COLUMN: This tournament’s for the 1,800

WKU players hold up the Sun Belt Conference Tournament championship trophy. WKU beat North Texas 74-70 to win the Sun Belt’s automatic bid to the NCAA Tournament. It will be WKU’s 22nd appearance in the NCAA Tournament and its first since 2009.

Brad Stephens

Look out for the bandwagon when you’re driving to Dayton on Tuesday.

Word has it it’s taking new passengers by the hour.

You’ll notice the bandwagon won’t have headlights. No, they’ll be switched out for glowing Harper Heads.

The people inside will be singing rounds of “99 red towels on the wall” and trying to confirm rumors that the Ohio River did indeed part on Sunday night when Harper’s team bus crossed the bridge into Cincinnati.

The Toppers are headed to the NCAA Tournament again, carrying a six-game win streak into a first round matchup with Mississippi Valley State at 5:30 p.m. CST on Tuesday.

It’s been a fun couple of weeks for a program that hasn’t had much fun the past few years.

But to really appreciate the ride, you have to be there for the whole thing.

And that’s why the Toppers’ trip to the tourney should be dedicated not to the bandwagon, but to a group of 1,800 people.

These were the folks that were there when the lows hit their lowest on the Thursday night of Jan. 5.

Their numbers were originally thought to be 2,137, a figure which Athletics Director Ross Bjork confessed a day later to being “bumped up.”

He said it was more accurate that around 1,800 people were in Diddle Arena that night to see the now-infamous “six-man game,” in which Louisiana-Lafayette beat WKU 72-70, hitting a layup in the closing seconds with an undetected extra player on the floor.

Many of those 1,800 were probably the same people that were in Diddle on New Year’s Eve when the Toppers were embarrassed by Florida International.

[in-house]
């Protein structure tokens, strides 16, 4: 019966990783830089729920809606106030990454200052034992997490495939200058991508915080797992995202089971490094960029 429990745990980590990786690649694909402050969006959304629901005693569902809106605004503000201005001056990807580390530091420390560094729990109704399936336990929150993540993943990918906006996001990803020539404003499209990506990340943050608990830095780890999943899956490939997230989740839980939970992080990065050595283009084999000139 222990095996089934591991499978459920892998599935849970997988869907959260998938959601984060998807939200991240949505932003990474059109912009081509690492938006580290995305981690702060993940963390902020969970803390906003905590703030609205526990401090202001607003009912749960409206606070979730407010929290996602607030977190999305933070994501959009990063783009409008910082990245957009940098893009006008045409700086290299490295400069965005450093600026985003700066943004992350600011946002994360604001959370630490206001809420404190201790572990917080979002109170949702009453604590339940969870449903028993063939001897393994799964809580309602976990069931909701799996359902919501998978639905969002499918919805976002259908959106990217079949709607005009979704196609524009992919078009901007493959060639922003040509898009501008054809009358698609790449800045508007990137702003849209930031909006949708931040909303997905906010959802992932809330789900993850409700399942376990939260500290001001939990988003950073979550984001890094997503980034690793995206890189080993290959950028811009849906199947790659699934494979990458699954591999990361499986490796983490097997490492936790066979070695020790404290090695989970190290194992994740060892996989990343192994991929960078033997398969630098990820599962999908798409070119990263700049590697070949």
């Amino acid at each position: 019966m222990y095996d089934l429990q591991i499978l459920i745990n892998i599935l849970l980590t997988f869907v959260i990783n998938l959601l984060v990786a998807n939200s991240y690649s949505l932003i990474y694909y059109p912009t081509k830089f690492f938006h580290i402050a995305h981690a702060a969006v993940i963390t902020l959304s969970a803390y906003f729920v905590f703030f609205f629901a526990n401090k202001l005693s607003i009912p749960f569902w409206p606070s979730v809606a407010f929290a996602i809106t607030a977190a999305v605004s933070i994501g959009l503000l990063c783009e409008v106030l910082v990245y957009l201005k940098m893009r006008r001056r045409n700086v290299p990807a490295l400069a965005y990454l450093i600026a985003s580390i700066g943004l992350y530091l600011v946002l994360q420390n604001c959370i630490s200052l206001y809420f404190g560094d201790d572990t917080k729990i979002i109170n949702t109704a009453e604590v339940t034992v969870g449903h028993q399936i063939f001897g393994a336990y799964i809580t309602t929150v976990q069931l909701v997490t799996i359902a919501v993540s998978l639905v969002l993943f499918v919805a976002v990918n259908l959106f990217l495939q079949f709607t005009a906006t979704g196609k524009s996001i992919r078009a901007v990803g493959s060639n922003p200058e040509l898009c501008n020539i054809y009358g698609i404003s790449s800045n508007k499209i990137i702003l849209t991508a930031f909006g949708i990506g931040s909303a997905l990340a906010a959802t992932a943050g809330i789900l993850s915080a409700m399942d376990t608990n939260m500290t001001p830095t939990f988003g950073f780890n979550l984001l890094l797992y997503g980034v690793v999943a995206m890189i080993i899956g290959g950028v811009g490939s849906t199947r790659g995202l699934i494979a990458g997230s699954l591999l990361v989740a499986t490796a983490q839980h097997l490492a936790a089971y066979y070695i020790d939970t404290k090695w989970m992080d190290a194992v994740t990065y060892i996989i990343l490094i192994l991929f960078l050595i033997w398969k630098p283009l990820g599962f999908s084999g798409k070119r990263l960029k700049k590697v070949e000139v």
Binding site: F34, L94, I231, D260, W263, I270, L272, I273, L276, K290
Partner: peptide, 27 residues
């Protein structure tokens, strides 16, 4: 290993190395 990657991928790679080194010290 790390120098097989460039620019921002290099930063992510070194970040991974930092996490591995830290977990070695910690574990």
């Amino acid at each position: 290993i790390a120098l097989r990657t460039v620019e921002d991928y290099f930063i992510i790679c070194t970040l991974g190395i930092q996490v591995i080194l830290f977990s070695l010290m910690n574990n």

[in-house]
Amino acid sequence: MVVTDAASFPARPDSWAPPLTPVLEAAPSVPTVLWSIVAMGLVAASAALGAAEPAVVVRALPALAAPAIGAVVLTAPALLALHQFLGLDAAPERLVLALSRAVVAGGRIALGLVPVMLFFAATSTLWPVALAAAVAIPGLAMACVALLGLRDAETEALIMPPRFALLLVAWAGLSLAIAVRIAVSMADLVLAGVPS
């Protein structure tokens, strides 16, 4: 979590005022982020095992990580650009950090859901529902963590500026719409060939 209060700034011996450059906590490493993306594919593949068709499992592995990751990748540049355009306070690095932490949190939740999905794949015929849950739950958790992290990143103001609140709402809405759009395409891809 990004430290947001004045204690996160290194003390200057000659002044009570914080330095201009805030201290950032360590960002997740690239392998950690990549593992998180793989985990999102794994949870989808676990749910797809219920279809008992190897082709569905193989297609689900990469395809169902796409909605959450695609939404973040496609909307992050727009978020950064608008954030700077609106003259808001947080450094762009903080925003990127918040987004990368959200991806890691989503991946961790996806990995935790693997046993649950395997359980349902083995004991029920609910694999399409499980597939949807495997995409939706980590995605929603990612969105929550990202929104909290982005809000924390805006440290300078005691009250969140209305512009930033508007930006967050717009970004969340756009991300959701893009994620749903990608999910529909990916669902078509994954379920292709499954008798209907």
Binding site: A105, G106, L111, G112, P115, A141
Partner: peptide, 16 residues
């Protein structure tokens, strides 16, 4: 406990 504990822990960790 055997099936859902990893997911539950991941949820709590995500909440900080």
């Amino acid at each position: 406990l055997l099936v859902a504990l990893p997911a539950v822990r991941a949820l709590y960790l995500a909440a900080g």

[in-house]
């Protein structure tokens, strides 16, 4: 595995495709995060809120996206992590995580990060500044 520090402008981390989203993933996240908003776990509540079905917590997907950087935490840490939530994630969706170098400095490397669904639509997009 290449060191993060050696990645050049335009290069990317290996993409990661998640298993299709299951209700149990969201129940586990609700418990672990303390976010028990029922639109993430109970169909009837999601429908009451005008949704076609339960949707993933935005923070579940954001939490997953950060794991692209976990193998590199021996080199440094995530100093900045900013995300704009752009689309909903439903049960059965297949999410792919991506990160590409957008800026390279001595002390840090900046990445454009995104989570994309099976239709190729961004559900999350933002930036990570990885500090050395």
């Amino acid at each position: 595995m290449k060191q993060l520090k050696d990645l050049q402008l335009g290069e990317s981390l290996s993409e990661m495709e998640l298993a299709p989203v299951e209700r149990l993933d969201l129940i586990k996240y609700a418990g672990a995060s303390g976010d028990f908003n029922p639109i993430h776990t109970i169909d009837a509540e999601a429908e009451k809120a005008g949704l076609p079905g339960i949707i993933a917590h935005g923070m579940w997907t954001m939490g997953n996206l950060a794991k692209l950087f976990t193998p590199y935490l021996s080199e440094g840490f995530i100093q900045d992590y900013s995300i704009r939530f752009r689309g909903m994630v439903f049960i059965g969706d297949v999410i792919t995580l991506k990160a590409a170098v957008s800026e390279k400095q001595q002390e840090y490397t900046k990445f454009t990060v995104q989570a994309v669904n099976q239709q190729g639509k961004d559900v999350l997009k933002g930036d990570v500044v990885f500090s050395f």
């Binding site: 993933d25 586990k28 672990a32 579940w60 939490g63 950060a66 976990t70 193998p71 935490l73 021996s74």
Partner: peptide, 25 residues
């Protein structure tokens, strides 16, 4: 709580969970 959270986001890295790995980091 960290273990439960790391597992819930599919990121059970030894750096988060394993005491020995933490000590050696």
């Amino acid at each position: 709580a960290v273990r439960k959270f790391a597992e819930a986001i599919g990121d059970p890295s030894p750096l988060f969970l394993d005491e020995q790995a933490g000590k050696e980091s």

Many of those folks were probably there on Dec. 17 to see WKU lose to Southern Conference lightweight Furman.

These people had probably seen plenty of other disappointing Topper losses firsthand throughout the Ken McDonald Era.

Yet the fact that these 1,800 people were in Diddle Arena for the ULL game, watching a team whose play was nearly unwatchable at the time, shows the definition of a true fan.

One day later, of course, McDonald was fired and Ray Harper promoted.

Two months later, WKU was dogpiling at mid-court in Summit Arena celebrating a Sun Belt Championship and a trip to the NCAA Tournament.

The team was back, and so were a lot of fans that had once given up on the Toppers.

But there were 1,800 fans that never left.

They stuck with this WKU team when no one else did, and now get to celebrate its success with a little more perspective.

They saw firsthand the depths to which Topper basketball had fallen, and now they get to see the Toppers in the Big Dance.

For those supporters, this tournament is for you.